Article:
Posted: 08/07/2014 at 07:45
Mel, my elderly Book of Houseplants published by Octopus in 1978 says:
"Codiaeum (Croton) - (16-18C/61-6F South East Asia) Challenging plants that are available in many shades of orange, red and yellow, white, cream and purple-black, with some plants having all these colours in many shades present in a single leaf. In keeping with the majority of plants with highly-coloured leaves, Joseph's Coat is not at all easy to care for and will require the conditions that most tender plants demand and the skills of the experienced grower to maintain them in good order. In ideal greenhouse conditions plants will attain of height of 3m/10ft or more, by which time they are a truly magnificent sight; as a pot plant the usual height is 60cm/2ft. Maximum sunlight, though no scorching, is essential if they are to retain their exotic colouring, and it is also important that the soil should at no time be allowed to dry out. Liquid feeding of established plants once a week during summer must not be neglected, and it will be found that mature plants will require fertilizer at at least double the strength that the manufacturer recommends. To pot these greedy feeding plants into soil-less mixture would be a waste of effort, as it is important that loam should be included in the mixture. Propagate by means of cuttings about 13cm/5in in length taken from the top-most growth of the plant. Treat the severed end with rooting powder before inserting the cutting in a peat and sand mixture - the temperature in the propagator must be in the region of 20C/68F. Although conditions are not ideal, crotons will go on for a considerable time in a warm room that is well provided with windows."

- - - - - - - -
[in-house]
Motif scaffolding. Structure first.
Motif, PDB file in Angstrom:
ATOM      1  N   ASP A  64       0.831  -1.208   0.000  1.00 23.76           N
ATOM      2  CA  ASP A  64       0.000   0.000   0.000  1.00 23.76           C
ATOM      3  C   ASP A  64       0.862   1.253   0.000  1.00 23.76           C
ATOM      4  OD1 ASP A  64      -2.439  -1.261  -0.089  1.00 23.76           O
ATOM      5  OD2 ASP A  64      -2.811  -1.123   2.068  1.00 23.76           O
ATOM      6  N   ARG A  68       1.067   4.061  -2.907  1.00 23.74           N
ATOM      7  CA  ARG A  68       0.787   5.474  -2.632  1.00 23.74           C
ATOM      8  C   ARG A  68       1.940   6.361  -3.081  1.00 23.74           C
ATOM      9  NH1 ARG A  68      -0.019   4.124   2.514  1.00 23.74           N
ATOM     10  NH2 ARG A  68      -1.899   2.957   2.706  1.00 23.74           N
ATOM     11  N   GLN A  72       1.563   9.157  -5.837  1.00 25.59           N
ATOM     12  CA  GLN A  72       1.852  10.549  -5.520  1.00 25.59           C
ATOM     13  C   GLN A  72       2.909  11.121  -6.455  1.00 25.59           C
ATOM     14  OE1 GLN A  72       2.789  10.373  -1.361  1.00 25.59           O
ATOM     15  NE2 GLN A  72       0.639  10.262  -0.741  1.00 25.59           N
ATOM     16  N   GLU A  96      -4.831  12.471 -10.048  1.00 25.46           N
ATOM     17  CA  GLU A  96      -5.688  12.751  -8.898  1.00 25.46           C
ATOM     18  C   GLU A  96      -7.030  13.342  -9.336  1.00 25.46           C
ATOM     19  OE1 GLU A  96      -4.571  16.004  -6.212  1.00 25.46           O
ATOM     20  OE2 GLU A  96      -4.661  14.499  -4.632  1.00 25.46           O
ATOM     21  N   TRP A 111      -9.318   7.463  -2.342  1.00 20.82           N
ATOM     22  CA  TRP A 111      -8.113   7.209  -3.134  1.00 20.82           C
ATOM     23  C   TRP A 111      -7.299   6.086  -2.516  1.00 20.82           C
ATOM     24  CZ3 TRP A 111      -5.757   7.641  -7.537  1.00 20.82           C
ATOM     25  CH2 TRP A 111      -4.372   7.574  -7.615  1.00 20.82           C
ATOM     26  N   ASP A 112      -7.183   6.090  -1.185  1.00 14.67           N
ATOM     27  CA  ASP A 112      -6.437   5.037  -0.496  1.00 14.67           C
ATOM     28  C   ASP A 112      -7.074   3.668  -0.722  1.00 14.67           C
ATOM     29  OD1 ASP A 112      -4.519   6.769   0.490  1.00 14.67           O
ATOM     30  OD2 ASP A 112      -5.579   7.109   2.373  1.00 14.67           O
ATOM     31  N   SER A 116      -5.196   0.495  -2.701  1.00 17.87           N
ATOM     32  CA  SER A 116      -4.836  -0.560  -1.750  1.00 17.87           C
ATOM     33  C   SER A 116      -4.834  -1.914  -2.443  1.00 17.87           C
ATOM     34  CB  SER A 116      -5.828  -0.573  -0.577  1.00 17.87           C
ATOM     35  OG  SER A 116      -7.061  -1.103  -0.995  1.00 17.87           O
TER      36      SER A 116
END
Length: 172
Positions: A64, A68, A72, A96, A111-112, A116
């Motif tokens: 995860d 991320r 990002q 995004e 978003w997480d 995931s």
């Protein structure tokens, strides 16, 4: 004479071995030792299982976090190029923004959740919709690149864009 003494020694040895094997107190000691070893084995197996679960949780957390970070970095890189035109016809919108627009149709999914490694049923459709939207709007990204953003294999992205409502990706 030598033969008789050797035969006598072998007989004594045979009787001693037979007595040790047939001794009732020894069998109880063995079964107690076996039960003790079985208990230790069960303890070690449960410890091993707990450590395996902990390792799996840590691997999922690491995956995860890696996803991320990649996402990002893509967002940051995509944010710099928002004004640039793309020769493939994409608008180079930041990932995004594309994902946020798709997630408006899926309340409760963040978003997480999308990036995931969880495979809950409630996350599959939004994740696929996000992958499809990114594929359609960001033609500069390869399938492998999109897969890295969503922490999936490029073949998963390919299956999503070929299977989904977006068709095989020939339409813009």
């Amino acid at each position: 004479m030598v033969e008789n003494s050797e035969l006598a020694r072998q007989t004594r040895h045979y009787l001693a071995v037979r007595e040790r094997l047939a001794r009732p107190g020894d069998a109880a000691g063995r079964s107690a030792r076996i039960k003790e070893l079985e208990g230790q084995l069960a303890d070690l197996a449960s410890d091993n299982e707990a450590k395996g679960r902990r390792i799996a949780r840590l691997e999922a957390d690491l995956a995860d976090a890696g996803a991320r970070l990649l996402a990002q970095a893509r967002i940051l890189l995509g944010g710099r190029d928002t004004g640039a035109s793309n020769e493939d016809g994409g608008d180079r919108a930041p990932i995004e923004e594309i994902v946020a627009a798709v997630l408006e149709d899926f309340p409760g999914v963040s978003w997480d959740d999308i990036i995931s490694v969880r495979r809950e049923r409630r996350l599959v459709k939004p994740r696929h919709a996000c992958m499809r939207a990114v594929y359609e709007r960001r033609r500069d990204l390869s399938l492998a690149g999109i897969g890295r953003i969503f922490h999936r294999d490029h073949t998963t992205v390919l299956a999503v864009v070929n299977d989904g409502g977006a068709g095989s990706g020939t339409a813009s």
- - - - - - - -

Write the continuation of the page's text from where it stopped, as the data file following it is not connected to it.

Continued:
I would point out that this book was written for the northern European market - I'm sure in your climate you don't find this such a challenging plant.
I hope that is helpful